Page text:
The Gardiner-Doing Camp as it appears today, now known and operated as Camp Regis-AppleJack:

The Gardiner-Doing Camp today, known as Camp Regis-Applejack.

The Gardiner-Doing Camp today, known as Camp Regis-Applejack.

The Gardiner-Doing Camp today, known as Camp Regis-Applejack.

The Gardiner-Doing Camp today, known as Camp Regis-Applejack.

Read more about the history of the Gardiner-Doing Camp, its controversial yet brilliant proprietors, and Belle’s many summers spent in the Adirondack Mountains of Upper St. Regis Lake in “More Than Tongue Can Tell,” available on Amazon.com in paperback and Kindle formats.

 


Comments

The Gardiner-Doing Camp in the Adirondacks — 4 Comments

  1. hello,

    I believe we spoke some years ago, as you might have been working on this book. I might have met you at City and Country School? We may have spoke about not only the Rhythms work, but also about “camps” as my grandfather ran a camp in Kinderhook, NY near Chatham froom 1920s to 1960. I am collecting my mother’s and Sylvia Miller’s archives on Rhythms for a book. I have been a Rhythms teacher for 35 years and a dancer/performer. I wonder whether we could speak.

    All the best,

    Kate t. Morgan

  2. Dear Kate,

    Thanks so much for writing. I’m thrilled to hear from you, although I must confess, I don’t recall speaking with you (or anyone) previously about the camps or about Rhythms. I did hear from Sylvia Miller via her daughter, who contacted me through Andrea’s website, but that would have been over a decade ago, and I put her in touch with Andrea’s own daughter Deb Callahan. I would be happy to speak with you about it and/or put you in touch with Deb as well. I have removed your phone number from your published post in the interest of keeping the “spammers” away from you, but I will contact you directly and see what our best next step is. Your book sounds wonderful, and I’m so glad you’re working on it!

    Take good care and thanks again,
    Paul

  3. I’ve been researching the woodworker Wharton Esherick who visited the camp, at the suggestion of the writer Sherwood Anderson, in 1920. At that time, the camp was on Upper Lake Chateaugay. If you’re interested in seeing some pictures of it at that time, the book “Wharton Esherick and the Birth of the American Modern” has a number of them. Esherick also did woodcuts of Gail Gardner’s house (the spelling is Gardner I believe), and several prints of dancers that were used on promotional material in the 1920s. Additionally, Esherick made furniture for the camp and a large sculpture which is on display at the Wharton Esherick Museum in Paoli PA. Esherick designed a large trestle table that has carvings that were made by people there who made designs based on what they envisioned various pieces of music “looked like”. That table, made in 1924, is now at the Threefold Educational Center in New Jersey. The center is part of the original Threefold Commonwealth Group, the first US outpost of Rudolph Steiners Anthroposophy (it began in NYC but this was where they grew their produce). It’s a great artifact from that time in Lake Chateaugay. It is a twelve foot long table most likely used in the dining hall. There are two smaller tables that Esherick made that are at the Wharton Esherick Museum. I’m not sure of the date that the camp moved to Upper St. Regis.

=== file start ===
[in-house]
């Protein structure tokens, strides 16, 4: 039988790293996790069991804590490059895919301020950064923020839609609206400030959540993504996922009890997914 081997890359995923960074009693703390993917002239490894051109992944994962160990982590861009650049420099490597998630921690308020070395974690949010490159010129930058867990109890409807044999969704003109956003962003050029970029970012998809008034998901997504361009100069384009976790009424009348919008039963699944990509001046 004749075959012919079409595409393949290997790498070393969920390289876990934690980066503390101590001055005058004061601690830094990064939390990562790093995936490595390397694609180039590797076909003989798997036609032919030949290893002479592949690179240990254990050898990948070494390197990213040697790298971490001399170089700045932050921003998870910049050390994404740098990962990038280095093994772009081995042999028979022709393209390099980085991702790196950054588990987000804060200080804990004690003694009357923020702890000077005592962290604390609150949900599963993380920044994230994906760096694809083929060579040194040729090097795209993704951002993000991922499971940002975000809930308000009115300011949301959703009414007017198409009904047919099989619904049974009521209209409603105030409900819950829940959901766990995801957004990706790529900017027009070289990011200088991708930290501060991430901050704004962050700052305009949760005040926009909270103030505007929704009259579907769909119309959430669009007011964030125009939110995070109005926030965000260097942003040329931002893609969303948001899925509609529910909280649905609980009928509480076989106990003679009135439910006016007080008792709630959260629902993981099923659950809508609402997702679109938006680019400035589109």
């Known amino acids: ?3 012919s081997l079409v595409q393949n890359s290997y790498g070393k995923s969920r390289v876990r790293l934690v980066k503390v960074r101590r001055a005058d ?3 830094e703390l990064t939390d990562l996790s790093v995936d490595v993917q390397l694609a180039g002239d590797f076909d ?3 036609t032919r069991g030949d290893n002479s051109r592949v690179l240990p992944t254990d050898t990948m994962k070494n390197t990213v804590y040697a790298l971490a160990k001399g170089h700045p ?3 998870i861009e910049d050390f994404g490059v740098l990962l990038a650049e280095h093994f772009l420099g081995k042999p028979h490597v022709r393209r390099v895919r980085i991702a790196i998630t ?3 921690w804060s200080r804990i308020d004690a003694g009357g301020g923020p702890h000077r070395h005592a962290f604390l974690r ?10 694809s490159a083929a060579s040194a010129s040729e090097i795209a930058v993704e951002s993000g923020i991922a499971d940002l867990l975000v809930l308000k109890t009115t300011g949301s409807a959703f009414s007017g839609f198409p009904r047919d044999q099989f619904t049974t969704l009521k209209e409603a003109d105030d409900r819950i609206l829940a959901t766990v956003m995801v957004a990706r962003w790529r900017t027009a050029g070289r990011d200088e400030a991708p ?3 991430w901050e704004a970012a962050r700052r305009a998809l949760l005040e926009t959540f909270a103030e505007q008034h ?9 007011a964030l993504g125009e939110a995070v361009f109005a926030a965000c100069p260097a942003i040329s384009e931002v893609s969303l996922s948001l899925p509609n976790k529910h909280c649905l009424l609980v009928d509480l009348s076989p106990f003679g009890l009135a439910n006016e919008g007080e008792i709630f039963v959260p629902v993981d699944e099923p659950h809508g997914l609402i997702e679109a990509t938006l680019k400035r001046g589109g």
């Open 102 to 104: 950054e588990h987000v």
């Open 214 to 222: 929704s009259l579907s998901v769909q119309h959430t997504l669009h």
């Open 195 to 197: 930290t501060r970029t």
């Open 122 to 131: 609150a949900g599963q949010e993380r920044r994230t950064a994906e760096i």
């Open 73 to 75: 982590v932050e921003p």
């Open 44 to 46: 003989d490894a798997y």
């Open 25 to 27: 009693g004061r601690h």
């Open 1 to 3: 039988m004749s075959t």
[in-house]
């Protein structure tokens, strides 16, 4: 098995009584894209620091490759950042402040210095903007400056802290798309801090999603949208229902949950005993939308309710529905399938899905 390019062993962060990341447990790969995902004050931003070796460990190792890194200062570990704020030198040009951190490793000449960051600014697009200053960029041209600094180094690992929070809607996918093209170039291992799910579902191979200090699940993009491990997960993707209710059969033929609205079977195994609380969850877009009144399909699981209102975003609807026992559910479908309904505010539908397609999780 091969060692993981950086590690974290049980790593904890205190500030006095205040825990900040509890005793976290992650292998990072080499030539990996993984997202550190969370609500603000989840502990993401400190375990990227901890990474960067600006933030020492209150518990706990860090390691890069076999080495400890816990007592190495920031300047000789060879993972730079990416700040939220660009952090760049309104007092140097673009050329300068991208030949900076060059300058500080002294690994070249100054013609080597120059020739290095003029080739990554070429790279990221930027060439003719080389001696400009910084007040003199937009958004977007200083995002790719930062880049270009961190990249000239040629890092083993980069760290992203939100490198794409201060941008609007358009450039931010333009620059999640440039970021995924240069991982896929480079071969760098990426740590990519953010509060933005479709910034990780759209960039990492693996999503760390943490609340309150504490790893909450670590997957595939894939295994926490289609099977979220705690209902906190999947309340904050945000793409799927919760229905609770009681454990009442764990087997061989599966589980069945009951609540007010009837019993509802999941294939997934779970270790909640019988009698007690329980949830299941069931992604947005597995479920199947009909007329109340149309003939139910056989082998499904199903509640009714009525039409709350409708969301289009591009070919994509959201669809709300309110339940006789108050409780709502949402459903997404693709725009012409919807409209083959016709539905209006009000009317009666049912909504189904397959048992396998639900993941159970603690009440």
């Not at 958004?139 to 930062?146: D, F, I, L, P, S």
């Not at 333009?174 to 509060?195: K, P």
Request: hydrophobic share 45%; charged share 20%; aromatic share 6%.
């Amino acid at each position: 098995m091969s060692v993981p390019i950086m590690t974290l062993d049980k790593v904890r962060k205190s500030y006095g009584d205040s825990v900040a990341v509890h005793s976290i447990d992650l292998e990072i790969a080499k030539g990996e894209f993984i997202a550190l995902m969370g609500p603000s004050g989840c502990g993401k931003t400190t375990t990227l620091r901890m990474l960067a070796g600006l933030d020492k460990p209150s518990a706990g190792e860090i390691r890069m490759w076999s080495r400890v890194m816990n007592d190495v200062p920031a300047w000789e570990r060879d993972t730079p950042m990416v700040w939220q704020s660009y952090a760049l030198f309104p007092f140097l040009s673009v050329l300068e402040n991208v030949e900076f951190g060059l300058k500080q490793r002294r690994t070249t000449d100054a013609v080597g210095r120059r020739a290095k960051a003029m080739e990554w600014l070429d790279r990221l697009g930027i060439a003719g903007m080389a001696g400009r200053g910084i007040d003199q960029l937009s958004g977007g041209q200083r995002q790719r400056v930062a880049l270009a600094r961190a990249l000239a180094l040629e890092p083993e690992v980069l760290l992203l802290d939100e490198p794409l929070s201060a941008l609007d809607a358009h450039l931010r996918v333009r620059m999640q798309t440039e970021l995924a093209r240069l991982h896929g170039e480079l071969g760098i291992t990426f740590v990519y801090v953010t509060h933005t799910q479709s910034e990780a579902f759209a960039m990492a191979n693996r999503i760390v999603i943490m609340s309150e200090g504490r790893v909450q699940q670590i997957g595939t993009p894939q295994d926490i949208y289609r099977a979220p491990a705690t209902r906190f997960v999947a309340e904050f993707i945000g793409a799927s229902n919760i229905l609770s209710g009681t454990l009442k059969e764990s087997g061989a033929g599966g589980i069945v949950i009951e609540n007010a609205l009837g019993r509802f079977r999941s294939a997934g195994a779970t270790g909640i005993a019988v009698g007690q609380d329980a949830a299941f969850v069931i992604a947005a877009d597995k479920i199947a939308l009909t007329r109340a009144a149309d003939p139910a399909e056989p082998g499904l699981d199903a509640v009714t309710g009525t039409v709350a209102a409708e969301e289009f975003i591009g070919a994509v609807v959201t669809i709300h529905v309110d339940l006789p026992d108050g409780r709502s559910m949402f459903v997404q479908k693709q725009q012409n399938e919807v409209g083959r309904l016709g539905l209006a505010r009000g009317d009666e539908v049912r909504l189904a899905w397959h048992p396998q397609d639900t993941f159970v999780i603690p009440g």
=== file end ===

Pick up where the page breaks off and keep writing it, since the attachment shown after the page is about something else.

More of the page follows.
4. This is so great to see. Do you have any more photos of what camp looked like (building interiors or exteriors)?